Can we all just get along?

Can we all just get along?

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Dawn Bellante Holand, managing director of Vineyard House, speaking to the congregation of St. Andrews. —Photo by Michael Cummo

Founded on November 13, 1894, as a means of bringing the various Christian churches on Martha’s Vineyard together in understanding and, possibly, friendship, Neighborhood Convention has a long history. Some things have changed — they no longer have the daylong meetings that often stretched into evenings — and some things have remained constant and have become tradition.

That first year, several local churchmen led by the Reverend Willard Packard, concerned with hostility and bitterness among Christian denominations, made a plan for a “neighborly” meeting, hoping to bring about some way of communicating and sharing their differing forms of the faith.

Although few of those early years are documented, events have been preserved, including the “programme” from January 11, 1898, which was actually printed (most notes from early days are hand-written) by E. H. Manter’s Job Press. It lists an opening Devotional Service, Business, the Reading of Records, the day’s Topic, a noontime “Collation” with beverages furnished “by the ladies of the church,” with another session continuing on throughout the afternoon. Current meetings follow nearly the same schedule, with the change from Topic (which included several papers, written and read by various pastors) to presentations and discussions by invited speakers, few, if any, read from written texts.

Another program, from 1914, noted that the devotional service was led by the Rev. Oscar E. Denniston of Oak Bluffs. Many names still familiar on Island appear over the years. In 1932, lay person Sarah Burt presented a paper entitled, “The Home of Yesterday.” Mrs. Arthur Hillman’s paper was on relations between home and church. Thanks were “extended to the entertaining church for cordial greetings and hospitality.” This custom continues today.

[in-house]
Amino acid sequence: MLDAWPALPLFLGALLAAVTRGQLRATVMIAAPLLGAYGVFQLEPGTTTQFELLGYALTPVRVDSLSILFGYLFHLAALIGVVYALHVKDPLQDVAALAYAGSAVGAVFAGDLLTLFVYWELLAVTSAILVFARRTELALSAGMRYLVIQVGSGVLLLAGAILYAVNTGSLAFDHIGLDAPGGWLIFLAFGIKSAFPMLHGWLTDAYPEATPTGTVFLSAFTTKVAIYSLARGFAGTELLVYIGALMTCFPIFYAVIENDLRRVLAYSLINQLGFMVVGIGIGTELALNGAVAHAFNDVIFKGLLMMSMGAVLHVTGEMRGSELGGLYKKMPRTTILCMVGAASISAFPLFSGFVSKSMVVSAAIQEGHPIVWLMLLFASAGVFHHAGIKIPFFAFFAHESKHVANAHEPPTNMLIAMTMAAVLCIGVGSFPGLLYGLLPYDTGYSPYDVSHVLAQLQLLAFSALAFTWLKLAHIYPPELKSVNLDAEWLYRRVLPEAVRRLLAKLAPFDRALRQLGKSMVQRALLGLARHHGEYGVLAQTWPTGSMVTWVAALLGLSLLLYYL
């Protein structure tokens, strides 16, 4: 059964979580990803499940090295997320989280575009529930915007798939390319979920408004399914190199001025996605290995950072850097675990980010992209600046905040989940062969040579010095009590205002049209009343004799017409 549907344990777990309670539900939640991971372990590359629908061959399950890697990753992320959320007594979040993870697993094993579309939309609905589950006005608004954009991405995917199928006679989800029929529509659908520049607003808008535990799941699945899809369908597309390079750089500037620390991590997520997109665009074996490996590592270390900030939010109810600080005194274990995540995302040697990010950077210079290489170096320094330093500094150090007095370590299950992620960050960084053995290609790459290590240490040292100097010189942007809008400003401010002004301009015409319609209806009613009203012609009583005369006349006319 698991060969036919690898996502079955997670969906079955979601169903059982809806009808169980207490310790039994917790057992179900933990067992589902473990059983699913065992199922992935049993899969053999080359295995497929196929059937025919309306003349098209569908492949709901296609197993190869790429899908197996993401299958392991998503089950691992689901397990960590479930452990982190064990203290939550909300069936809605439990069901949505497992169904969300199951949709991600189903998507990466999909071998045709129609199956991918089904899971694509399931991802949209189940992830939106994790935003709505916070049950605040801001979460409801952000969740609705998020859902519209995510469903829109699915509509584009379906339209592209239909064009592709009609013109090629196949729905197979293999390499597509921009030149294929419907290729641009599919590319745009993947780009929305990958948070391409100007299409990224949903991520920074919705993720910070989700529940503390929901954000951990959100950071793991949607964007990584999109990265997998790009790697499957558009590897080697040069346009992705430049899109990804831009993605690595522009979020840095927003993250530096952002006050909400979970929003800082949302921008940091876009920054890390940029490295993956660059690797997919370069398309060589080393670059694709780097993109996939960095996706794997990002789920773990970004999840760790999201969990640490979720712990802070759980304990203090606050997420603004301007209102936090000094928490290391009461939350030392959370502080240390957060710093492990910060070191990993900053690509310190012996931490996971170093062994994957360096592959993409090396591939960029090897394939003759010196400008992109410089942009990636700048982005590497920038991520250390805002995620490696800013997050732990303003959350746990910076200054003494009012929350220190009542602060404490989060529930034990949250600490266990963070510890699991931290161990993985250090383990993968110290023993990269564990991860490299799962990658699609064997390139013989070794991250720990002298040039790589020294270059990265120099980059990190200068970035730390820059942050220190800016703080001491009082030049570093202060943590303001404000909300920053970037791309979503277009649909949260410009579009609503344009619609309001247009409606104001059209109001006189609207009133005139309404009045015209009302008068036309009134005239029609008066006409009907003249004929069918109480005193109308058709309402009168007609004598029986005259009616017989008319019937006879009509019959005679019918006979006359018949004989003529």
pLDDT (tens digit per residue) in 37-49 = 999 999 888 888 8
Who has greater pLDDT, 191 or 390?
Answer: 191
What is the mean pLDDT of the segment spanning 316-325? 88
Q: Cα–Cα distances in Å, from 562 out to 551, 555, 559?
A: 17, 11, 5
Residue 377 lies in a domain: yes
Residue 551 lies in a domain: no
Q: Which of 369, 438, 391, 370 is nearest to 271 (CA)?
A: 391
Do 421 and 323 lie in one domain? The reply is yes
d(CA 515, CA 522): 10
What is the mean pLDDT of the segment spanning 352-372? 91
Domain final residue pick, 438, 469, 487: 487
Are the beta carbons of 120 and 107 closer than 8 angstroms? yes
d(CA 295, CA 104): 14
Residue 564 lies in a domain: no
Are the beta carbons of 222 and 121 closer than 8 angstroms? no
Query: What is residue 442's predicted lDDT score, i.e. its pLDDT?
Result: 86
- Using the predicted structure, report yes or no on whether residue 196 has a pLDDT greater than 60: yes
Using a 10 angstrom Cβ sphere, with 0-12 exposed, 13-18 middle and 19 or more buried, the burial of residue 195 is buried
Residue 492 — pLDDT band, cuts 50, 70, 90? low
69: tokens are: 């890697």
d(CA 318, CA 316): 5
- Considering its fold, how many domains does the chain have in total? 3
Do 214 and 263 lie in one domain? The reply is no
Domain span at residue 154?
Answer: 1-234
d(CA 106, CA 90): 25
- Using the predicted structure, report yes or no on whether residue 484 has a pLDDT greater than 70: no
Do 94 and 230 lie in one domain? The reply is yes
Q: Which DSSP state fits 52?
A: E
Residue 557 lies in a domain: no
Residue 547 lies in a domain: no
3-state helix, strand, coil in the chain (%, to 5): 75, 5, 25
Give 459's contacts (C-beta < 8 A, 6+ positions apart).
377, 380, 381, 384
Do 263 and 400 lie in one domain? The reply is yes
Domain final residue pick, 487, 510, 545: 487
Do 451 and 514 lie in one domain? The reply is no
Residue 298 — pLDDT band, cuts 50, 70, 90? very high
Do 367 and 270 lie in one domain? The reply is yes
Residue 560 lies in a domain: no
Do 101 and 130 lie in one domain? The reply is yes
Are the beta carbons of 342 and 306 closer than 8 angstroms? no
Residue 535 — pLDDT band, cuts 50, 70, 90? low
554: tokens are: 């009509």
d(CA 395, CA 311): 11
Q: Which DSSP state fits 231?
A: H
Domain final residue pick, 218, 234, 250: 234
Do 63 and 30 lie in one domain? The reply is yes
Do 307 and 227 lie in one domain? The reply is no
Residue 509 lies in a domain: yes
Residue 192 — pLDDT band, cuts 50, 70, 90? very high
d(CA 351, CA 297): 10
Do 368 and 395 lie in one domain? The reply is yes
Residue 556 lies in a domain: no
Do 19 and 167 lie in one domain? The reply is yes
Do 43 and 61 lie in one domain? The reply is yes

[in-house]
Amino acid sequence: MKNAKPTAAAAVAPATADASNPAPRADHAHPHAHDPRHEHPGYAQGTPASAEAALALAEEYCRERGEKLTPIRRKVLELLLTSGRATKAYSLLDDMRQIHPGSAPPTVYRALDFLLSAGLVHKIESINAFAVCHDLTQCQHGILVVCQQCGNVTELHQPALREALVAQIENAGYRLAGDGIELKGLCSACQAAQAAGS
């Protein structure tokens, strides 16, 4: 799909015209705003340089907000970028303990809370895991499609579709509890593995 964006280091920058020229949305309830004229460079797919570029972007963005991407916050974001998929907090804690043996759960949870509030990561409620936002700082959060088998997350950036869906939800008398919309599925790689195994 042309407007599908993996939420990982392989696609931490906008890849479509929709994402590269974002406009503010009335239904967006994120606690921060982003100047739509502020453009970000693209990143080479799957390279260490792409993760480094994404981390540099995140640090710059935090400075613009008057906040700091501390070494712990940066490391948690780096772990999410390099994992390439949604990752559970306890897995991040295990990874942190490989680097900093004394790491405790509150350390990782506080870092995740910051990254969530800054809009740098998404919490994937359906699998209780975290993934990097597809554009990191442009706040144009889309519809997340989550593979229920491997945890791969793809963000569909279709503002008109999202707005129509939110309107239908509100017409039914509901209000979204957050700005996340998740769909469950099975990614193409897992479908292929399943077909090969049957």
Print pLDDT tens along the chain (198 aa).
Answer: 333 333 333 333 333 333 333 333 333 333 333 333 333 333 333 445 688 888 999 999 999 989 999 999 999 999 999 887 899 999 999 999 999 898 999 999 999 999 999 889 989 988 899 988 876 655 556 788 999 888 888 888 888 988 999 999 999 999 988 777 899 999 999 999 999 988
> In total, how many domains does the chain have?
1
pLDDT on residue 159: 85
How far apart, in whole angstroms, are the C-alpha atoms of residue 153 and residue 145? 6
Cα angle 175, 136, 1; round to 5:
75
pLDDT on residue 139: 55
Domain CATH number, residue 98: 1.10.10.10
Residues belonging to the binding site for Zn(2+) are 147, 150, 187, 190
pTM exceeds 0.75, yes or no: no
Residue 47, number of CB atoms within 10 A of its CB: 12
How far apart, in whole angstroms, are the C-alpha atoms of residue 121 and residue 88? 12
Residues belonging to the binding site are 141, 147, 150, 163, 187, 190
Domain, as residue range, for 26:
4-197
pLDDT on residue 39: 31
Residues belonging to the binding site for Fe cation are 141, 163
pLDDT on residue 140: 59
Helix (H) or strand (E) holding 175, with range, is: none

At the 20th anniversary celebration, charter members were listed: Miss Lucy Palmer Adams (one of the famed Adams sisters who had a tea room in Chilmark), Mrs. Norman Johnson, Mrs. Walter I. Jenny, Mrs. William Look, and Mrs. Nellie G. Vincent. Apparently, Lucy and Nellie were allowed to use their own first names.

A hand-written history, by Mrs. Edna C. Langille, is a valuable memoir:

“I can remember when the Baptist Church at Edgartown had some thoughts about union in thought and action of the churches in Edgartown and perhaps all over the Island. They felt, particularly the ministers of the time, that there was very little exchange of ideas or friendship between the Methodist and the Baptist churches. Each saw the others going to church and that was it.

“There was no Catholic church in Edgartown at that time (I doubt if Episcopal or Congregationalist either) or in 1890, when I was born.

“So they felt [a need] to meet up-island, for example, or in other towns and learn from one another ideas, friendship, religious beliefs, and so forth. “So my people went with horse and buggy — no autos when I was 9, and no summer folks — and no one would ever miss the Neighborhood Convention.”

She added, in the margin, “We have gained much. What have we lost?”

It is hoped that the animosity, misunderstandings, bitterness, and mistrust that inspired the founding of the Convention were among those things lost.

The Christian aspect of the group has since expanded to include all houses of worship on the Island, and with the addition of the Hebrew Center, “ecumenical” has been replaced by “interfaith.” The tradition continues that all moneys collected at meetings go to Island charities.

At the most recent meeting of Neighborhood Convention, held at St. Andrew’s Episcopal Church, secretary Sofia Anthony cited the Reverend Harry Butman’s statement at the 50th anniversary of the convention: “We must refrain from emphasizing differences. Brothers must dwell together in unity.”

The program was a presentation by Dawn Bellante from Vineyard House. She described the history and the progress made by Vineyard House, which will be moving into newly constructed buildings in December.

Upcoming Neighborhood Convention meetings will include several programs which have become traditional. On December 2, The Minnesingers will present a preview of their Winter Concert at Trinity United Methodist Church on the Campground, beginning at 11 am.

The final meeting of the year will be held in June at The Yard, when they will present a view of their upcoming summer season.

Check local listings for meetings in between. Neighborhood Convention meets the first Tuesday of each month, at various houses of worship, and features programs of interest to Islanders.